The issue with this is that you may be able to build up tremendous amounts of strength while on the machine but when you come to use that strength be it in a day-to-day situation or in sport you will end up causing yourself significant damage. As your gross movers will be able to generate more force then your stabilizer system can handle.

As Paul Chek says’ you can’t fire a cannon from a canoe. In this metaphor the cannon is the gross movers and the canoe the stability system, obviously if you tried to fire a cannon from a canoe you are going to get very wet as the canoe wont be able to stabilize the forces generated from the cannon.

Secondly, using fixed resistance machines typically forces you to separate your body into body parts rather than integrating the body as a whole.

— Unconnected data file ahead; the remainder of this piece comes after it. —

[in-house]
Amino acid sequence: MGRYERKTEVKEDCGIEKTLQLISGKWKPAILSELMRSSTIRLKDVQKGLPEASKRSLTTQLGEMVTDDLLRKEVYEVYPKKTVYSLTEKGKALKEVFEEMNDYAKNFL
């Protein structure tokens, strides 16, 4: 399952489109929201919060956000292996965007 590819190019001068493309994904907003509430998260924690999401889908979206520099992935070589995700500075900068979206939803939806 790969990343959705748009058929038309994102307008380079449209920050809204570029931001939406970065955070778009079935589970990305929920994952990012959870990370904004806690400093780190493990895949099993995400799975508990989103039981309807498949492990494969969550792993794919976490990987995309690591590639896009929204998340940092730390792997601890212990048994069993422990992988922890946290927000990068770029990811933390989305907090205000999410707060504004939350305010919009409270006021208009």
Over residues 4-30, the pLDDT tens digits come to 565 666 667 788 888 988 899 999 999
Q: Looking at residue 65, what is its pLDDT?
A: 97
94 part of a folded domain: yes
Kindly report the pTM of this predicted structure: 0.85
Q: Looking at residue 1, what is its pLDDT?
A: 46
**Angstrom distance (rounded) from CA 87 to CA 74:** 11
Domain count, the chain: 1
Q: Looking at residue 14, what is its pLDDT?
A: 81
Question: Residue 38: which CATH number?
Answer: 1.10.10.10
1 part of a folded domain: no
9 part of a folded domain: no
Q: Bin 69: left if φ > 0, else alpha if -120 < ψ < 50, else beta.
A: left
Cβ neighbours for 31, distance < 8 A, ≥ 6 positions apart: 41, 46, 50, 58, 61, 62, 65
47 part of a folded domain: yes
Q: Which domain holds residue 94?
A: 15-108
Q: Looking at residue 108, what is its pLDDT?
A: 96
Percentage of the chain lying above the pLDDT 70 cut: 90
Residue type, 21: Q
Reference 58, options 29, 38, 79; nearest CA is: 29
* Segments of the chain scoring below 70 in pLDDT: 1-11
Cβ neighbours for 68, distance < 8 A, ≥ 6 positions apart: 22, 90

The issue with this is similar to the point above, if we take the leg press as an example you will typically see guys lifting tremendous amounts of weight on these devises thinking that they are building up their leg strength. This would be true only if the body worked in a segmented way.

Unfortunately what happens is that you build leg strength that is disproportionate to back and core strength again this means when you go into your work or sports environment you can end up blowing out your back because you haven’t got the integrity within your core musculature to stabilize the forces generated from your legs.